About This QuizNobody wants to be on the receiving end of the services offered through morgues. In this quiz, you'll test your knowledge of who's doing what to your body between your death and your grave.
What country introduced the concept of the modern coroner?
England introduced the world to the official position of coroner back in 1194.
What was a common term for coroners in the 13th century?
Coroners were commonly called crowners, since they represented the interests of the King of England.
What is the primary task of a modern coroner?
determining who's a suspect when a murder occurs
removing the organs of the deceased
determining the probable cause of death
Though a coroner's findings may be used to name murder suspects, the main duty of a coroner is establishing the cause of death. This is officially recorded on a death certificate.
supervising the crime scene
What are the outdoor research sites where forensic anthropologists learn their trade called?
Body farms are secured areas where bodies donated to science are allowed to rot under various conditions in order to learn the effects of the elements and time on human remains.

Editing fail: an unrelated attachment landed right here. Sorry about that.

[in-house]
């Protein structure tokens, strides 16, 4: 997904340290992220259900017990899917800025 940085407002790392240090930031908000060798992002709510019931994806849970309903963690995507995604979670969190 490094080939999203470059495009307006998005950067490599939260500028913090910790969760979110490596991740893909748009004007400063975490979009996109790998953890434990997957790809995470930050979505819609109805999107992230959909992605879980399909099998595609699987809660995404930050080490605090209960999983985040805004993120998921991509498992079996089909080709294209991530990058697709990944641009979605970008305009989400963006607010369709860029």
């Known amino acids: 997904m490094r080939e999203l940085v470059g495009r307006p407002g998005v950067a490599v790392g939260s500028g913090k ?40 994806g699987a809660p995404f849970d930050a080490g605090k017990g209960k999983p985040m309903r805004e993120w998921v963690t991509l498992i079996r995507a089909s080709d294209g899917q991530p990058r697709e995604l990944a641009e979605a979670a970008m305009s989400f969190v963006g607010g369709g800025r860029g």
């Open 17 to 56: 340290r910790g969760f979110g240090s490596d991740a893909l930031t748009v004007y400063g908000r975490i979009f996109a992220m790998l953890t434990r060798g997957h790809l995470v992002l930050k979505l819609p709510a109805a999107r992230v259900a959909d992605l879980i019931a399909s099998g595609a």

What's the difference between a coroner and a medical examiner?
Coroners are elected, and medical examiners are appointed.
Coroners are elected to office, and they're often not required to have any medical background whatsoever. Medical examiners have medical licenses and are appointed to office.
There is no difference.
Coroners work in morgues, which medical examiners aren't allowed to enter.
Coroners are trained law-enforcement officers.
The forensic study of dental evidence is known as what?
Odontology is the study of forensic evidence relating to the teeth and mouth. Dental records can help identify a body, and bite marks can help identify a suspect.
criminal dental analysis
In America, coroners are most closely associated with what position?
In some counties throughout the United States, coroners still assume the powers of sheriff when the sheriff is incapacitated. Until recent decades, coroners and sheriffs were often one and the same.
What power does the coroner usually have?
the power to subpoena
Coroners usually have the power to subpoena witnesses to the death, family members of the deceased or others who can help them determine the cause of death.
the power of persuasion
the power to declare a sheriff unfit for service
About what percentage of deaths result in autopsy?
In the U.S., about 20 percent of deaths, or one in five, result in autopsy. Autopsies are usually performed when a death is sudden, unexplained or violent.
The family of the deceased can refuse an autopsy if:
the body is to be cremated
religious beliefs forbid it
Nobody can prevent an autopsy if a coroner calls for one.
Coroners and medical examiners are required to perform or authorize autopsies if the cause of death is unknown or uncertain, and no one has the authority to overrule them.